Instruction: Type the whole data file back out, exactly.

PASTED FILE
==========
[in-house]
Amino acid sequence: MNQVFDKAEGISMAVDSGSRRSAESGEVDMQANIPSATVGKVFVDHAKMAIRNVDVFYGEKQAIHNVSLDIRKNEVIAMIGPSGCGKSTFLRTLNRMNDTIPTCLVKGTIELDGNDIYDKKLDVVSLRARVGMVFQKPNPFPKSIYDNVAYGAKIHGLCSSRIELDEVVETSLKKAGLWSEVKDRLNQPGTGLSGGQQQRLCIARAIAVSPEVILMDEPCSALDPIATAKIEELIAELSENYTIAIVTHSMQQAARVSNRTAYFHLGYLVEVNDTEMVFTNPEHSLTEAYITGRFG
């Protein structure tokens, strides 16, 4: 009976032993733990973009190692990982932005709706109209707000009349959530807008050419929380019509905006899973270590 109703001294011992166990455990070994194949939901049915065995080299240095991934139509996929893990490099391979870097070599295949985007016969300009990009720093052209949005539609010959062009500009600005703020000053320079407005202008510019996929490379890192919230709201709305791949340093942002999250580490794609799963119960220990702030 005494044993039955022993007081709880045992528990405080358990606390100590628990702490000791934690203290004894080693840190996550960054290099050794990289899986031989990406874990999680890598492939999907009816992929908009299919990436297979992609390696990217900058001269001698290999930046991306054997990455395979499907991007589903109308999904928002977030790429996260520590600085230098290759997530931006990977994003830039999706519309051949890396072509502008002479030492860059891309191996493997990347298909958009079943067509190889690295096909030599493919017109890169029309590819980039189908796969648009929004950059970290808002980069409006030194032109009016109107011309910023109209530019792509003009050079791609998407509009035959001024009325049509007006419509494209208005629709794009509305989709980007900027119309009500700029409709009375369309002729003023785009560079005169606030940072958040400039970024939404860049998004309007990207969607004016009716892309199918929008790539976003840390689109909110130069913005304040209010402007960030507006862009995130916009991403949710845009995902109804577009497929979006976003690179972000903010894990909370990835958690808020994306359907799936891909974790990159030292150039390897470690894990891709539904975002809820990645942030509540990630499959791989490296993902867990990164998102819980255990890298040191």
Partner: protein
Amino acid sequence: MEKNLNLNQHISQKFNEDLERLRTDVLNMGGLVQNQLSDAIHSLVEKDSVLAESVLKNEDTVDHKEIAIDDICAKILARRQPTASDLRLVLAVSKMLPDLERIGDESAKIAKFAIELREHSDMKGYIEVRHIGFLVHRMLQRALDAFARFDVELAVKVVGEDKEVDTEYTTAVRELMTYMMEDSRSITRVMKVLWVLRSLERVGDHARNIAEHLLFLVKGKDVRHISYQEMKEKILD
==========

[in-house]
Amino acid sequence: MNQVFDKAEGISMAVDSGSRRSAESGEVDMQANIPSATVGKVFVDHAKMAIRNVDVFYGEKQAIHNVSLDIRKNEVIAMIGPSGCGKSTFLRTLNRMNDTIPTCLVKGTIELDGNDIYDKKLDVVSLRARVGMVFQKPNPFPKSIYDNVAYGAKIHGLCSSRIELDEVVETSLKKAGLWSEVKDRLNQPGTGLSGGQQQRLCIARAIAVSPEVILMDEPCSALDPIATAKIEELIAELSENYTIAIVTHSMQQAARVSNRTAYFHLGYLVEVNDTEMVFTNPEHSLTEAYITGRFG
């Protein structure tokens, strides 16, 4: 009976032993733990973009190692990982932005709706109209707000009349959530807008050419929380019509905006899973270590 109703001294011992166990455990070994194949939901049915065995080299240095991934139509996929893990490099391979870097070599295949985007016969300009990009720093052209949005539609010959062009500009600005703020000053320079407005202008510019996929490379890192919230709201709305791949340093942002999250580490794609799963119960220990702030 005494044993039955022993007081709880045992528990405080358990606390100590628990702490000791934690203290004894080693840190996550960054290099050794990289899986031989990406874990999680890598492939999907009816992929908009299919990436297979992609390696990217900058001269001698290999930046991306054997990455395979499907991007589903109308999904928002977030790429996260520590600085230098290759997530931006990977994003830039999706519309051949890396072509502008002479030492860059891309191996493997990347298909958009079943067509190889690295096909030599493919017109890169029309590819980039189908796969648009929004950059970290808002980069409006030194032109009016109107011309910023109209530019792509003009050079791609998407509009035959001024009325049509007006419509494209208005629709794009509305989709980007900027119309009500700029409709009375369309002729003023785009560079005169606030940072958040400039970024939404860049998004309007990207969607004016009716892309199918929008790539976003840390689109909110130069913005304040209010402007960030507006862009995130916009991403949710845009995902109804577009497929979006976003690179972000903010894990909370990835958690808020994306359907799936891909974790990159030292150039390897470690894990891709539904975002809820990645942030509540990630499959791989490296993902867990990164998102819980255990890298040191």
Partner: protein
Amino acid sequence: MEKNLNLNQHISQKFNEDLERLRTDVLNMGGLVQNQLSDAIHSLVEKDSVLAESVLKNEDTVDHKEIAIDDICAKILARRQPTASDLRLVLAVSKMLPDLERIGDESAKIAKFAIELREHSDMKGYIEVRHIGFLVHRMLQRALDAFARFDVELAVKVVGEDKEVDTEYTTAVRELMTYMMEDSRSITRVMKVLWVLRSLERVGDHARNIAEHLLFLVKGKDVRHISYQEMKEKILD